ROC Reserves in the House

Real Oyster Cult just launched its flagship oyster, the ROC Reserve, and it’s a beauty. Where most oysters are harvested off the bottom in the fall and sold, these are tumbled, rebagged, and left on the bottom of the bay for an extra winter. The following spring, they are pulled up, tumbled again, and then planted free on the bay bottom until ready for harvest. This extra year of slow growth gives them beautiful, scalloped shells, deep cups, and more body, compared to younger oysters. But don’t take our word for it; get them direct-shipped, sample for yourself, and…kiss and tell.

Eat Oysters, Feel Better

This is old news to those of us who stalk this site, most of whom can quote Hemingway in our sleep (“As I ate the oysters with their strong taste of the sea…I lost the empty feeling and began to be happy and to make plans”), but now the New York Times and leading scientists are on board, too. Start making your plans, such as…

Island Creek Style

Just in time for peak summer, we have an answer for all of you who have asked, “How can I, too, live the Island Creek dream?” Island Creek has fixed up its Caretaker’s Cottage, which is part of the Island Creek campus right on the waterfront in salty Duxbury, and has begun renting it out. You’ll basically be part of the family: private Island Creek beach, paddleboards, and of course an unquenchable supply of oysters right down the block.

Beware of Europeans with Herpes

Important Wall Street Journal op-ed by Mike and Isabel Osinski of Widow’s Hole oysters on the threat of introducing European oysters—which carry a kind of herpes called osHV-1that doesn’t affect people but absolutely destroys oyster populations—to American waters. The U.S. just opened up importation of European oysters for the first time in decades. Yikes. Key quote from Oregon State’s Chris Langdon, one of the most respected shellfish scientists in the country: “You don’t want OsHV-1 in this country. Stop it while you can.”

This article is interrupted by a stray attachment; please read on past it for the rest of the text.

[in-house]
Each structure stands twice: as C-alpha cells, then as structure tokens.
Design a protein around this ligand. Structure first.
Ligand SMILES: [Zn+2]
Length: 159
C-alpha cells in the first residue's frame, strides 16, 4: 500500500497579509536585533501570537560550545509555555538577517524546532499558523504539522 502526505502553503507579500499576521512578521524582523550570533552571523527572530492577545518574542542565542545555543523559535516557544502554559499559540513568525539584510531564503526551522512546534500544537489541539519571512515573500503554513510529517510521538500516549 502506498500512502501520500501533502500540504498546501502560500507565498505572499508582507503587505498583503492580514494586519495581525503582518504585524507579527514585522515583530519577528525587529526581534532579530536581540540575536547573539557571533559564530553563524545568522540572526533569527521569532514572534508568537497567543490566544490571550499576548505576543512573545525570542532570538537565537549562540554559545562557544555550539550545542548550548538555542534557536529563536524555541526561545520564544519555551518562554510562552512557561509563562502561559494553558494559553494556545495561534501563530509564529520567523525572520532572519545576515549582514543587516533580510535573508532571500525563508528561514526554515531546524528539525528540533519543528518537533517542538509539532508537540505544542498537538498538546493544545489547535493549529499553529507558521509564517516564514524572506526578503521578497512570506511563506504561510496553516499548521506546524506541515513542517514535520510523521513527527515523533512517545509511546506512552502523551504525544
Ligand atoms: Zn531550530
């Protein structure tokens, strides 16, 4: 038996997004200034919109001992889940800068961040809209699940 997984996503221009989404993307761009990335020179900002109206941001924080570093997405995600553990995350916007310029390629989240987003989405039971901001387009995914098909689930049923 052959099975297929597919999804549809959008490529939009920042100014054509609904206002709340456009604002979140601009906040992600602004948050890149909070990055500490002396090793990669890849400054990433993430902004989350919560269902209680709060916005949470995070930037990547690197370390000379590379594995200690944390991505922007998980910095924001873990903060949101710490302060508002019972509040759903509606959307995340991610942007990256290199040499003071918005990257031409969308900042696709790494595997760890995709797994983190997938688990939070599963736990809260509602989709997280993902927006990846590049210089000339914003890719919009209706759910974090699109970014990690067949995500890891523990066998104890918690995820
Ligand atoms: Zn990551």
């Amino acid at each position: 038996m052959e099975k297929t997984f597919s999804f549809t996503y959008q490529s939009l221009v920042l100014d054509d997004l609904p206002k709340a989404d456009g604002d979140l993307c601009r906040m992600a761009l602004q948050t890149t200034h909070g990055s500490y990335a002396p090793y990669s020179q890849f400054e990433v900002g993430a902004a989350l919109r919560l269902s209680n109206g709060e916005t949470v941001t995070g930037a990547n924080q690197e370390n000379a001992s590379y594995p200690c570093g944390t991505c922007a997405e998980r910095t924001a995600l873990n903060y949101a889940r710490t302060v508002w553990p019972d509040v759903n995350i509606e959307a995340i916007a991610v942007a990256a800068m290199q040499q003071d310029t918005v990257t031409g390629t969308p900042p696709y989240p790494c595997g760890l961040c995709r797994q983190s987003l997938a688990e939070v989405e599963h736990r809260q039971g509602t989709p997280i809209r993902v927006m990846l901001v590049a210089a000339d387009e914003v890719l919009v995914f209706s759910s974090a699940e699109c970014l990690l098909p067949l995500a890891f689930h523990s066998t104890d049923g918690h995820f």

Disco Hamas!

Every summer, Hama Hama Oysters looks north to the Strait of Juan de Fuca, where the north wind blows icy Pacific water into Discovery Bay and turns it into a microclimate more Alaskan than Washingtonian—just what you want in a summer oyster, which is hat the Disco Hama was born to be. Bagged to the beach, it’s briny, brisk, and baroque.

Rate That Oyster Bar!

Many oysterheads consider Atlanta’s Kimball House one of the world’s great oyster bars, so the arrival of Watchman’s Seafood, a new oyster bar from the Kimball House team in a new Atlanta neighborhood, spurred flurries of excitement in oysterland. Been there? Tell us about your flurries. See Reviews & Add Yours

Harbor Up!

We at OysteRater are longtime fans of the Billion Oyster Project, which has currently restored 28 million oysters and counting to New York Harbor. BOP is a program of the New York Harbor School, which has been giving New York kids hands-on water-based experiences for fifteen years. On September 17, you can learn all about the Harbor School at its Harbor Up celebration and fundraiser at The Oyster House, the new old-school oyster saloon on the water in Battery Park. There will be music, fun, and yes, lots of oysters (though none from New York Harbor…yet). Tickets sell out fast, and they just went on sale.